Oklahoma Contemporary

Press Item

'We Believed in the Sun' distills lessons of Oklahoma's Black history in art

Oklahoma City Free Press • May 22, 2021
A black screen with a large, white, stylized eye and teardrop, a newspaper page visible from behind.
Ebony Iman Dallas, Love Thy Neighbor (2021). Digital image printed on linen and video (45 seconds, looped). Courtesy of the artist. Photo by Trayson Conner.

This week, survivors of the Tulsa Race Massacre testified before Congress, bringing renewed attention to the long and fraught history of African Americans in Oklahoma. For many, the attention is long overdue, with many of the survivors aging into their hundreds.

For others, the attention is unwanted, especially after the Governor of Oklahoma signed into law a ban on blunt teaching about our fraught past of racial brutality and disharmony including “critical race theory” in schools.

But for Oklahoma City, the attention is perfectly timed to provide its residents with the opportunity to reflect on its own past and its future as the city rapidly evolves.

Oklahoma Contemporary’s much-anticipated new exhibit, “We Believed in the Sun,” distills the lessons of history in highly individualized stories by two Oklahoman artists, providing an approach that’s attached to the lived Black experience of America.


Additional We Believed in the Sun coverage:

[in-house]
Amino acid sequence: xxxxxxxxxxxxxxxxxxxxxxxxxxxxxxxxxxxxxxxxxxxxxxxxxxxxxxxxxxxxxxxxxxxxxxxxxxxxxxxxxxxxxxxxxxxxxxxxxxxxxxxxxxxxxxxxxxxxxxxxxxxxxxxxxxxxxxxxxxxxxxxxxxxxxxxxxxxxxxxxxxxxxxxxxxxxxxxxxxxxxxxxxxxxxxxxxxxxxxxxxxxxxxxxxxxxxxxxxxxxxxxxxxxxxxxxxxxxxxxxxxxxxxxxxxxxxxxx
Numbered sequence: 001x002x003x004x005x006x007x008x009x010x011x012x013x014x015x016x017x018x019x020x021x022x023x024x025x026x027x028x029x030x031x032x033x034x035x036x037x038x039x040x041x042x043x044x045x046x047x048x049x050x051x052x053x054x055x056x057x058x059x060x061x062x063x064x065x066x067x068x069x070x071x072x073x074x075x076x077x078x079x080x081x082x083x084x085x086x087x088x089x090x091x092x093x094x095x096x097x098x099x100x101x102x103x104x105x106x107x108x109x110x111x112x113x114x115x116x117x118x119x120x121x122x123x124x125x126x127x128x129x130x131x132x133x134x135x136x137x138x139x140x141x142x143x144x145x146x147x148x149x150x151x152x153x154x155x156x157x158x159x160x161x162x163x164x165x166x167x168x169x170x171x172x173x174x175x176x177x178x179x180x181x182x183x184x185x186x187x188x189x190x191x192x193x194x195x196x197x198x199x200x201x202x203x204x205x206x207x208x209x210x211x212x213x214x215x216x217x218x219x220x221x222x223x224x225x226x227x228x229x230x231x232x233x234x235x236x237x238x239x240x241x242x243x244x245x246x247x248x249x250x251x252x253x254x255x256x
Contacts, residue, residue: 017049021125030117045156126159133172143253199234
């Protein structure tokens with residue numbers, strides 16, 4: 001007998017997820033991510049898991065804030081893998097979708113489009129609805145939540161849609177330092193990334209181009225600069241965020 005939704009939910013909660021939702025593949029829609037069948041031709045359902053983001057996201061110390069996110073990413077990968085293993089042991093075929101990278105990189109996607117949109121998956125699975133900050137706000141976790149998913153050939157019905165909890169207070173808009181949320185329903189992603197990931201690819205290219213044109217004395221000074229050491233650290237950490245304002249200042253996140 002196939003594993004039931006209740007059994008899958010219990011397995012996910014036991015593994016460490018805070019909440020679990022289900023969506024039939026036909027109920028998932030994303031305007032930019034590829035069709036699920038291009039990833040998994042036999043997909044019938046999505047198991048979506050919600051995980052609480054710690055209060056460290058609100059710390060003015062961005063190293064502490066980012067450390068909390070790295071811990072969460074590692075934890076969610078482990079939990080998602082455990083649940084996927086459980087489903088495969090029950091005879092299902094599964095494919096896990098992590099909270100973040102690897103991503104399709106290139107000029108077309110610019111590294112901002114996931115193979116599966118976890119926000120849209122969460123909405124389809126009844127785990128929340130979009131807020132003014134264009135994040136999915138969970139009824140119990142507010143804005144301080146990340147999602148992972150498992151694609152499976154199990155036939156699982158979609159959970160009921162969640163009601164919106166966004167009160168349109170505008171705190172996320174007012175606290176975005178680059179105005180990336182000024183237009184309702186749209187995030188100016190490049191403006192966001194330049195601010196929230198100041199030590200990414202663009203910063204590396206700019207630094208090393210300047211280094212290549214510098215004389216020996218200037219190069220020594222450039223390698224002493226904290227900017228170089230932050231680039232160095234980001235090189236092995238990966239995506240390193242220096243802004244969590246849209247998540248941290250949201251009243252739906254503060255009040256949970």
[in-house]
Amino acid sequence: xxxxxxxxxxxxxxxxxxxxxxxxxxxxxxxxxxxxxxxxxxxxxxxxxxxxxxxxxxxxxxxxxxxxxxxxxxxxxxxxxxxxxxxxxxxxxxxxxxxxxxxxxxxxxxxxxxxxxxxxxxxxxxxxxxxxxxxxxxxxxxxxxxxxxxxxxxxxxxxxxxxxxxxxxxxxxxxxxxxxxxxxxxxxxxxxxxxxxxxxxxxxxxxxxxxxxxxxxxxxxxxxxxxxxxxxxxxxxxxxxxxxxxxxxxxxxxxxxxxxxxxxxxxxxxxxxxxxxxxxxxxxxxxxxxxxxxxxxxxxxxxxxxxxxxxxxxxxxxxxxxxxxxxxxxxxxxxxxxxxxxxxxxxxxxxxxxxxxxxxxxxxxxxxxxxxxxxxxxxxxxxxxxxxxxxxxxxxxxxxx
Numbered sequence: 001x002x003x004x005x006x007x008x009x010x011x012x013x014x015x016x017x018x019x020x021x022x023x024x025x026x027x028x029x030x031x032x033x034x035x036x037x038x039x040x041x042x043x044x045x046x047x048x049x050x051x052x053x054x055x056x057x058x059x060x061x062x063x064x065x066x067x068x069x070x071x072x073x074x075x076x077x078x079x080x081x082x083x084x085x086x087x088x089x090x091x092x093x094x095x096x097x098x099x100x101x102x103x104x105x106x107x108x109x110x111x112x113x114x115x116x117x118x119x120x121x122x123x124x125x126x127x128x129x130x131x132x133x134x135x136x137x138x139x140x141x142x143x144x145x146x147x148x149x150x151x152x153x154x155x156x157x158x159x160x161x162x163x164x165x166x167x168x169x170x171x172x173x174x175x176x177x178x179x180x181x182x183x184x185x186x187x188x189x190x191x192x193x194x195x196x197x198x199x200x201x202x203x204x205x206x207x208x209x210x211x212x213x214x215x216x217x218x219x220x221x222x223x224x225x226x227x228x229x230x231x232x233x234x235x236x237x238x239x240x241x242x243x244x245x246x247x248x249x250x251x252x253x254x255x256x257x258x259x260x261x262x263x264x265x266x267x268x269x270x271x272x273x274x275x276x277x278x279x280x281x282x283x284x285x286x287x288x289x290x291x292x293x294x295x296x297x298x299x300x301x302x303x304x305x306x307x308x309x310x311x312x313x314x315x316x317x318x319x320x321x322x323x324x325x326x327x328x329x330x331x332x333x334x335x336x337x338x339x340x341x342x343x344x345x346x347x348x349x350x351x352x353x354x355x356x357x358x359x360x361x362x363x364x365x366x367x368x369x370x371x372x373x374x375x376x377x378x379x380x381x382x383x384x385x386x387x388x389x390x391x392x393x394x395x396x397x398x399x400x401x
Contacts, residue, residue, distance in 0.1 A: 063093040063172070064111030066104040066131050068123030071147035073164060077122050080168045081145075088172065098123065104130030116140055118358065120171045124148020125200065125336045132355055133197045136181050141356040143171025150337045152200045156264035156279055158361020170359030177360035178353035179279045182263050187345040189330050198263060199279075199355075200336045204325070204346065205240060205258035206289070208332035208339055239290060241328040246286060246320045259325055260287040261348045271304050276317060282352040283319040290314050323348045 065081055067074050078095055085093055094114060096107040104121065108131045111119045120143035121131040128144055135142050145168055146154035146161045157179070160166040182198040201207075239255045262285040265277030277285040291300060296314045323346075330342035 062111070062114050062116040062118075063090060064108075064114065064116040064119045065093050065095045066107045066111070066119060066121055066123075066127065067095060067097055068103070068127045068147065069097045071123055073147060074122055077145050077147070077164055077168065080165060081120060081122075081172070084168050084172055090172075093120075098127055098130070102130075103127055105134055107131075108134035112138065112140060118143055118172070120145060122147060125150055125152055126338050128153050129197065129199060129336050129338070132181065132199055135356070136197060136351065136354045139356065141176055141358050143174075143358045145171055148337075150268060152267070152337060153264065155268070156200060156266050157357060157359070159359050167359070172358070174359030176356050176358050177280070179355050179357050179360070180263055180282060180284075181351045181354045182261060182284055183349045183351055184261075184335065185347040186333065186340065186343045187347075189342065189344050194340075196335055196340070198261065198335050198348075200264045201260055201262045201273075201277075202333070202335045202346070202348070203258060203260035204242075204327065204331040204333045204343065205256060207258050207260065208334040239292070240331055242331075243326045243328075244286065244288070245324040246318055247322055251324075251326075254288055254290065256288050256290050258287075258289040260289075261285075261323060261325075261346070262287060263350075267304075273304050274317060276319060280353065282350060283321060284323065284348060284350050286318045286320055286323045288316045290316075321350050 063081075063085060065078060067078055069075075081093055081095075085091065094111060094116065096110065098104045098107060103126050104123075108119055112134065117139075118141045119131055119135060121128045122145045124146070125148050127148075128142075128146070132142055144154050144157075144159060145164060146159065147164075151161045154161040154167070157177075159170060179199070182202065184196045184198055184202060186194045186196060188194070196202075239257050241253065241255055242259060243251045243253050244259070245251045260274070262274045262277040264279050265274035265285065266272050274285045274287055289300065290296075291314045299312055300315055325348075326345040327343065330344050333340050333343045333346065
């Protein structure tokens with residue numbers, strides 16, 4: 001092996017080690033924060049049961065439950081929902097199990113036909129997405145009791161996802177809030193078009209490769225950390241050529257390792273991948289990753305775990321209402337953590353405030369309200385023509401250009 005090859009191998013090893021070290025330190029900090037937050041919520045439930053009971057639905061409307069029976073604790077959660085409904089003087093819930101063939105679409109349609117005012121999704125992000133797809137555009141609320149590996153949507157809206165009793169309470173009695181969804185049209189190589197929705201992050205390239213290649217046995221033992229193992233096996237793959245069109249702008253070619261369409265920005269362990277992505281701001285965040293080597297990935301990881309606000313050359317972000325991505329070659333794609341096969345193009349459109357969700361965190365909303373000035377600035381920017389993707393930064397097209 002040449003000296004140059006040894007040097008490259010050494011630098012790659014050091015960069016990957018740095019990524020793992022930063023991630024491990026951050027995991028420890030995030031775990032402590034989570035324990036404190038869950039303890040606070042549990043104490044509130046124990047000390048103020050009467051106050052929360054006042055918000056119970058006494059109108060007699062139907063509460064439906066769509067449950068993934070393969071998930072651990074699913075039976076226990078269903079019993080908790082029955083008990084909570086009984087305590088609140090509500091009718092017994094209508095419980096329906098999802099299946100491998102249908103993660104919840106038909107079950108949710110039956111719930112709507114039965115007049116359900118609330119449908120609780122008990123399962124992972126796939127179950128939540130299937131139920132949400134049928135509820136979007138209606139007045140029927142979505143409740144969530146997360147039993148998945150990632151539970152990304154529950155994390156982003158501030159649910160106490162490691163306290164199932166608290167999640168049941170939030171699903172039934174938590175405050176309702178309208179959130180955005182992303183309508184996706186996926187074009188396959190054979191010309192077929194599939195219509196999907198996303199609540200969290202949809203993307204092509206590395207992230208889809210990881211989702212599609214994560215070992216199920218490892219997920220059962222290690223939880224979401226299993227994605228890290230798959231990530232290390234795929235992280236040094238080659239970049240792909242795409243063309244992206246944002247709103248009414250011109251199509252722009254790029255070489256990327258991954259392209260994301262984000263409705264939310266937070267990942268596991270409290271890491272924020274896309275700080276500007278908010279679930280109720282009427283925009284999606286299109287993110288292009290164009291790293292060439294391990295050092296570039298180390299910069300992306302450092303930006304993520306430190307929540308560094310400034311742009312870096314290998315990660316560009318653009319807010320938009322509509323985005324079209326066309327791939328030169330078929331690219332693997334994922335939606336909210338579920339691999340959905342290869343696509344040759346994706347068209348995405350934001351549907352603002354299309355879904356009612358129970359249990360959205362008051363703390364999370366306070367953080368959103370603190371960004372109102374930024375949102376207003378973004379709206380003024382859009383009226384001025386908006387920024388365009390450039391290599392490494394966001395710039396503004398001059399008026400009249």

Art Exhibits That Are Well Worth the Summer Road Trip
Paper City

Personal artistic reflections on the Black Oklahoma experience
405 Magazine

'We Believed in the Sun' open at OK Contemporary through August

Photographer with local roots awarded Guggenheim Fellowship
Muskogee Phoenix, Tahlequah Daily Press
and Yahoo! News

Art exhibit to show perspectives on Black Oklahomans' intergenerational struggle for equality

We Believe in the Sun exhibition celebrates ongoing impact of Civil Rights movement in OKC

Edmond Active

'We Believed in the Sun' sheds light on overlooked aspects of Oklahoma history

From multimedia exhibits to comics panel, artistic events across Oklahoma mark Tulsa Race Massacre centennial
The Oklahoman


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Oklahoma Contemporary
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